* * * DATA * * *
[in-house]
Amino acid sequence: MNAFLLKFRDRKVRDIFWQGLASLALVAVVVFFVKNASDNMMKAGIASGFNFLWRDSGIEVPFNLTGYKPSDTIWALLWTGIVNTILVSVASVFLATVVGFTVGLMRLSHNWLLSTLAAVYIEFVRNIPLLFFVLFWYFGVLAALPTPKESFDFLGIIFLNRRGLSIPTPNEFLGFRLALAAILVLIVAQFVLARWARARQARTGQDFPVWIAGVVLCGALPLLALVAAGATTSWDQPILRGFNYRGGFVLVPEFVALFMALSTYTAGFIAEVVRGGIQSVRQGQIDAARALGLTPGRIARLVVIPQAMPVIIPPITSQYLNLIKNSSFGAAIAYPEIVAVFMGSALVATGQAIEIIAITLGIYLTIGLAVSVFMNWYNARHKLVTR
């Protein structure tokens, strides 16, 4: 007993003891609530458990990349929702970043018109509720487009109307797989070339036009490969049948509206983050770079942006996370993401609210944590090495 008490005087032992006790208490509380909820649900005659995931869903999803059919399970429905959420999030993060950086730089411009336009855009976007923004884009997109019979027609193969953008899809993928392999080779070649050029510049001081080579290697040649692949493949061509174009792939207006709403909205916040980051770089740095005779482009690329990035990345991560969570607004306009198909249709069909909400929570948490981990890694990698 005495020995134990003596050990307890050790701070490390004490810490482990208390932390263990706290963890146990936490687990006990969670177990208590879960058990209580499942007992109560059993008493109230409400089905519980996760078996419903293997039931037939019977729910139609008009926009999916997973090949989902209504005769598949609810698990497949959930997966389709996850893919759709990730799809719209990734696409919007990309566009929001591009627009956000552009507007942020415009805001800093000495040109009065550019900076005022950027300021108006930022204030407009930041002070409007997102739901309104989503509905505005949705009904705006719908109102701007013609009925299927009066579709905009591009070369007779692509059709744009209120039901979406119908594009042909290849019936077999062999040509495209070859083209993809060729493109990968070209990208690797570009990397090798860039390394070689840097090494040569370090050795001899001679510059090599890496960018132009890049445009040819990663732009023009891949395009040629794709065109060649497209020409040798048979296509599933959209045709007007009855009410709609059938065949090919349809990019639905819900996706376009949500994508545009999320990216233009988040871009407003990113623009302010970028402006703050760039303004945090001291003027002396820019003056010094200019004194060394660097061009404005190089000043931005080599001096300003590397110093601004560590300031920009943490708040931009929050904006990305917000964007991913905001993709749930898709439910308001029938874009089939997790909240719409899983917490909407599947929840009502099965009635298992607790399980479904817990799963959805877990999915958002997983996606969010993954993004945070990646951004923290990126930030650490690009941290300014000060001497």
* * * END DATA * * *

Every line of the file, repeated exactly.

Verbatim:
[in-house]
Amino acid sequence: MNAFLLKFRDRKVRDIFWQGLASLALVAVVVFFVKNASDNMMKAGIASGFNFLWRDSGIEVPFNLTGYKPSDTIWALLWTGIVNTILVSVASVFLATVVGFTVGLMRLSHNWLLSTLAAVYIEFVRNIPLLFFVLFWYFGVLAALPTPKESFDFLGIIFLNRRGLSIPTPNEFLGFRLALAAILVLIVAQFVLARWARARQARTGQDFPVWIAGVVLCGALPLLALVAAGATTSWDQPILRGFNYRGGFVLVPEFVALFMALSTYTAGFIAEVVRGGIQSVRQGQIDAARALGLTPGRIARLVVIPQAMPVIIPPITSQYLNLIKNSSFGAAIAYPEIVAVFMGSALVATGQAIEIIAITLGIYLTIGLAVSVFMNWYNARHKLVTR
């Protein structure tokens, strides 16, 4: 007993003891609530458990990349929702970043018109509720487009109307797989070339036009490969049948509206983050770079942006996370993401609210944590090495 008490005087032992006790208490509380909820649900005659995931869903999803059919399970429905959420999030993060950086730089411009336009855009976007923004884009997109019979027609193969953008899809993928392999080779070649050029510049001081080579290697040649692949493949061509174009792939207006709403909205916040980051770089740095005779482009690329990035990345991560969570607004306009198909249709069909909400929570948490981990890694990698 005495020995134990003596050990307890050790701070490390004490810490482990208390932390263990706290963890146990936490687990006990969670177990208590879960058990209580499942007992109560059993008493109230409400089905519980996760078996419903293997039931037939019977729910139609008009926009999916997973090949989902209504005769598949609810698990497949959930997966389709996850893919759709990730799809719209990734696409919007990309566009929001591009627009956000552009507007942020415009805001800093000495040109009065550019900076005022950027300021108006930022204030407009930041002070409007997102739901309104989503509905505005949705009904705006719908109102701007013609009925299927009066579709905009591009070369007779692509059709744009209120039901979406119908594009042909290849019936077999062999040509495209070859083209993809060729493109990968070209990208690797570009990397090798860039390394070689840097090494040569370090050795001899001679510059090599890496960018132009890049445009040819990663732009023009891949395009040629794709065109060649497209020409040798048979296509599933959209045709007007009855009410709609059938065949090919349809990019639905819900996706376009949500994508545009999320990216233009988040871009407003990113623009302010970028402006703050760039303004945090001291003027002396820019003056010094200019004194060394660097061009404005190089000043931005080599001096300003590397110093601004560590300031920009943490708040931009929050904006990305917000964007991913905001993709749930898709439910308001029938874009089939997790909240719409899983917490909407599947929840009502099965009635298992607790399980479904817990799963959805877990999915958002997983996606969010993954993004945070990646951004923290990126930030650490690009941290300014000060001497």